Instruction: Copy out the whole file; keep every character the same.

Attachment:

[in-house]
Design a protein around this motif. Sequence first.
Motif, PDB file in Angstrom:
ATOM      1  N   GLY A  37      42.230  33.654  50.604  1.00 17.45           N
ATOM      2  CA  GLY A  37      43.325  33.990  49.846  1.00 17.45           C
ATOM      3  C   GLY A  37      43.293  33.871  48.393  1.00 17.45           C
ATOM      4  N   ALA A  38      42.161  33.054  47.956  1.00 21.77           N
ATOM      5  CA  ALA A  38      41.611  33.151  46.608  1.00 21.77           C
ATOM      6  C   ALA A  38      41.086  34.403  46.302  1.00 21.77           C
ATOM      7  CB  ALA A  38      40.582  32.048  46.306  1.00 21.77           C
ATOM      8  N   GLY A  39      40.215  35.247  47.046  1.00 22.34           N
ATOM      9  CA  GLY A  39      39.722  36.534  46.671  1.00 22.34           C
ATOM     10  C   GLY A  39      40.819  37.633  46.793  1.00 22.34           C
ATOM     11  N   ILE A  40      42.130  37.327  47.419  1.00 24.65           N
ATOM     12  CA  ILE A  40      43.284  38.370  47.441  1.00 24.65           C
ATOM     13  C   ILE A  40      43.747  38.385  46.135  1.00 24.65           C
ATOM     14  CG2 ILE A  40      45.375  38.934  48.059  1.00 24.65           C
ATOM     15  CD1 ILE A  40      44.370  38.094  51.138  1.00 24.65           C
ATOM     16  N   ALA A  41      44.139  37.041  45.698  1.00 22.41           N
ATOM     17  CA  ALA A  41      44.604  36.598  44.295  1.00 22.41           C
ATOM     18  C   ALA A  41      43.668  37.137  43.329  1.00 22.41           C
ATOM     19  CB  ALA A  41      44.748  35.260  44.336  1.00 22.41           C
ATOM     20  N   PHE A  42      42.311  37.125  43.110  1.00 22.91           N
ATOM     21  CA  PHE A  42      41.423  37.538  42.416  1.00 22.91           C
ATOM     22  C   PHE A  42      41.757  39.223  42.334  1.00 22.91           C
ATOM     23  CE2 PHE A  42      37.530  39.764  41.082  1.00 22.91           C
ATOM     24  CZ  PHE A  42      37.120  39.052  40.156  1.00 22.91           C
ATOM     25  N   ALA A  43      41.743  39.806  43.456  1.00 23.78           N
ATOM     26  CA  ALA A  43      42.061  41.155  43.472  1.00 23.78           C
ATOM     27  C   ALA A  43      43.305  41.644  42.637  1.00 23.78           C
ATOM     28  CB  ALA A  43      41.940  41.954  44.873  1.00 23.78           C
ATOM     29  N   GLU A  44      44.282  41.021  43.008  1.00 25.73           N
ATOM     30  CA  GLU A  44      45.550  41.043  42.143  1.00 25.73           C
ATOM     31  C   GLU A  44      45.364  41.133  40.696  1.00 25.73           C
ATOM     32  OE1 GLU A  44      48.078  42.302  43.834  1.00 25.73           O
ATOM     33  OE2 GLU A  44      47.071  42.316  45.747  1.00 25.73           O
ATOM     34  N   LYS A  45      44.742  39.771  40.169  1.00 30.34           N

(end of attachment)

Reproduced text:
[in-house]
Design a protein around this motif. Sequence first.
Motif, PDB file in Angstrom:
ATOM      1  N   GLY A  37      42.230  33.654  50.604  1.00 17.45           N
ATOM      2  CA  GLY A  37      43.325  33.990  49.846  1.00 17.45           C
ATOM      3  C   GLY A  37      43.293  33.871  48.393  1.00 17.45           C
ATOM      4  N   ALA A  38      42.161  33.054  47.956  1.00 21.77           N
ATOM      5  CA  ALA A  38      41.611  33.151  46.608  1.00 21.77           C
ATOM      6  C   ALA A  38      41.086  34.403  46.302  1.00 21.77           C
ATOM      7  CB  ALA A  38      40.582  32.048  46.306  1.00 21.77           C
ATOM      8  N   GLY A  39      40.215  35.247  47.046  1.00 22.34           N
ATOM      9  CA  GLY A  39      39.722  36.534  46.671  1.00 22.34           C
ATOM     10  C   GLY A  39      40.819  37.633  46.793  1.00 22.34           C
ATOM     11  N   ILE A  40      42.130  37.327  47.419  1.00 24.65           N
ATOM     12  CA  ILE A  40      43.284  38.370  47.441  1.00 24.65           C
ATOM     13  C   ILE A  40      43.747  38.385  46.135  1.00 24.65           C
ATOM     14  CG2 ILE A  40      45.375  38.934  48.059  1.00 24.65           C
ATOM     15  CD1 ILE A  40      44.370  38.094  51.138  1.00 24.65           C
ATOM     16  N   ALA A  41      44.139  37.041  45.698  1.00 22.41           N
ATOM     17  CA  ALA A  41      44.604  36.598  44.295  1.00 22.41           C
ATOM     18  C   ALA A  41      43.668  37.137  43.329  1.00 22.41           C
ATOM     19  CB  ALA A  41      44.748  35.260  44.336  1.00 22.41           C
ATOM     20  N   PHE A  42      42.311  37.125  43.110  1.00 22.91           N
ATOM     21  CA  PHE A  42      41.423  37.538  42.416  1.00 22.91           C
ATOM     22  C   PHE A  42      41.757  39.223  42.334  1.00 22.91           C
ATOM     23  CE2 PHE A  42      37.530  39.764  41.082  1.00 22.91           C
ATOM     24  CZ  PHE A  42      37.120  39.052  40.156  1.00 22.91           C
ATOM     25  N   ALA A  43      41.743  39.806  43.456  1.00 23.78           N
ATOM     26  CA  ALA A  43      42.061  41.155  43.472  1.00 23.78           C
ATOM     27  C   ALA A  43      43.305  41.644  42.637  1.00 23.78           C
ATOM     28  CB  ALA A  43      41.940  41.954  44.873  1.00 23.78           C
ATOM     29  N   GLU A  44      44.282  41.021  43.008  1.00 25.73           N
ATOM     30  CA  GLU A  44      45.550  41.043  42.143  1.00 25.73           C
ATOM     31  C   GLU A  44      45.364  41.133  40.696  1.00 25.73           C
ATOM     32  OE1 GLU A  44      48.078  42.302  43.834  1.00 25.73           O
ATOM     33  OE2 GLU A  44      47.071  42.316  45.747  1.00 25.73           O
ATOM     34  N   LYS A  45      44.742  39.771  40.169  1.00 30.34           N